I scanned the room for the most unattractive sales associate I could find (so I would feel better about myself when I presented my question about returning this ridiculous gift). Thankfully, there was an older, heavyset woman, someone who looked like she might kindly appreciate me returning this sad little black dress book

“Hello,” I put my hand up.

“Yes.” She carried a trundle of swatches. 

“Could you please tell me,” I said, as quietly as possible…and I proceeded to remove my sack from my shoulder, set it on the froofy white Ralph Lauren bearskin rug, and look for that tiny book while every employee’s head shot up like a school of dolphins being fed sardines. 

Don’t worry. Got it!

“Do you have this book?” I was turning red, the screaming in my head asking myself why was I there, what was I doing? It was a cheap book, this whole thing was stupid. These people hate me, and they’re probably going to call the police. 

“Yes. I believe we do.” She took the book from me, and then handed it to the best-looking man I’d ever seen. 

“And just what would you like to do with that?” He curved his hip.  

“Well,” my voice shook, “I’d like to return it.” 

Oh.” He looked at it. “Do you have a receipt?” 

“No, it was a gift,” I told him. The man sighed then rolled his eyes and brought me over to a computer. “Name of purchaser please.” 

“Beaumont.”  Saying Edward’s last name out loud, I suddenly felt bad, returning his cheap gift. I watched the man’s fingers tap into the computer. I mean what if Edward finds out I returned the book? What would he think? He’d never give me another cheap gift as long as I lived. 

“Address,” the man was obviously irritated at my small exchange, wasting his precious (Ralph Lauren) time for such paltriness.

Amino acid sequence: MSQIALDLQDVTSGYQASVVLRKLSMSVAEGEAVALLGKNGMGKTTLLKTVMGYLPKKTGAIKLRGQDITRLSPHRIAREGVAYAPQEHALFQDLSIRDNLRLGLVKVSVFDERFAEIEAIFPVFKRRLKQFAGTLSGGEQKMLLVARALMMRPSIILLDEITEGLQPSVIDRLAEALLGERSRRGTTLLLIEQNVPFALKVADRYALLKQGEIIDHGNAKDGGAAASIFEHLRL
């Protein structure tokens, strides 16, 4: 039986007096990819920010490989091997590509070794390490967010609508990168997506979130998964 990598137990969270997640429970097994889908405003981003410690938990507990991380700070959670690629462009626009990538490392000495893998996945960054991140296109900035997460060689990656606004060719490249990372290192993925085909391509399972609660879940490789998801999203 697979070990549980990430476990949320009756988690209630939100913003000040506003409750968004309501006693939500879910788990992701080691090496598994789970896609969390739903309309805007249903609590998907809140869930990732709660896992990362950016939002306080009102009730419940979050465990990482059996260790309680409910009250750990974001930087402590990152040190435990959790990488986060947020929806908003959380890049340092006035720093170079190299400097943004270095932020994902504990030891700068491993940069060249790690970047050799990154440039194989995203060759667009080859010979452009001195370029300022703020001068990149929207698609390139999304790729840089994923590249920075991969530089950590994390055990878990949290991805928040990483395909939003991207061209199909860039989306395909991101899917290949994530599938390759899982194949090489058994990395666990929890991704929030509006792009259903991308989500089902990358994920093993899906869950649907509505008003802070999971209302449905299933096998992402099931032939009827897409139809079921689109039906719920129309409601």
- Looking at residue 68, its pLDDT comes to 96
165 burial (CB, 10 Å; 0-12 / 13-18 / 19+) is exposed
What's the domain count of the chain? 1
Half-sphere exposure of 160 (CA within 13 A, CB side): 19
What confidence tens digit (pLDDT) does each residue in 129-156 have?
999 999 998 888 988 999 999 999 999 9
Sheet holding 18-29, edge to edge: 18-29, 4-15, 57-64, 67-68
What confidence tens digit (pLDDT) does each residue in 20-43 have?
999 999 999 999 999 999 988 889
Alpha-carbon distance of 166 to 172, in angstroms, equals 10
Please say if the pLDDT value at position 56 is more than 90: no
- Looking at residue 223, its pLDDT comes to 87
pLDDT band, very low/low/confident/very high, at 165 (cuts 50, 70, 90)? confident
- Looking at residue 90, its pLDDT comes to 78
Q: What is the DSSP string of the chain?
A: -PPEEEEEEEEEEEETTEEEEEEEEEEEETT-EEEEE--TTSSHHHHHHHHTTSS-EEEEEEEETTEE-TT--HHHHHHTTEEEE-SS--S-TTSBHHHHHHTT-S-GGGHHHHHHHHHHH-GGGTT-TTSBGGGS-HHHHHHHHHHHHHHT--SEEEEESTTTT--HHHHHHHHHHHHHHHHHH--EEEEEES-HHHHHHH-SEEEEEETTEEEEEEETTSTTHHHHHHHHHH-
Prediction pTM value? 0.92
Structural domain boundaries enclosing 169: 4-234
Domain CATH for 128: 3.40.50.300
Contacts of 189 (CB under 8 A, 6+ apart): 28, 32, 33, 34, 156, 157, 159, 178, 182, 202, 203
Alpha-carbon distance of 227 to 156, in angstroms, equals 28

“21 East Seventy-seventh.” 

The man turned, acrimoniously. “Does he have a residence in Athens as well?” 

I wish. 


“How about Sicily?” 


“St. Barts?”

“Just New York,” I stated, “maybe it’s under his mother’s name, she’s in Santa Barbara.” “First name,” the man said. I felt like saying what is this a game? I didn’t steal the book okay, all I want is my credit so I can get something I like. 

“Well, I don’t see anything,” the man huffily huffed, before asking me if I wanted to exchange it for something. 

“Yes (great, exactly), thank you,” I smiled, then added, “I’m sorry, but how much was that book.” He stared at the back of the book and pointed to where I should have had the smarts to look. 

“Eighteen-ninety-five.” The words bit the air. Edward, you cheap unforgivable bastard. I did a quick sweep of the room—what in god’s name would cost that little at Ralph Lauren? 

I picked up a white pillowcase. $410. I put down the pillowcase. I picked up a pen, $75; a coaster, $81 dollars… People were looking at me. Women with children, and husbands, and lives. Women who would probably be going out later, dressing up, drinking.

“Actually sir, I’m sorry could I just get a store credit, I don’t really have time to find something right now.” 

It would take me days, maybe weeks, possibly a year, to comb through the store for the cheapest item in there, aside from that goddamn book. I will now, at some point in my life have to go back into that store and find something that cheap. The moral of the story is I should have just kept it.


Elizabeth Schoettle is an artist and a writer, living in New York City. libbyschoettle.com/about She is currently working on her first memoir about her life as an artist. 

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§ One Response to “Ralph Lauren’s Cheap Black Book”

  • Kelly Kreth says:

    So good! If you are a woman and lived in NYC long enough, you’ve dated an Edward…

§ Leave a Reply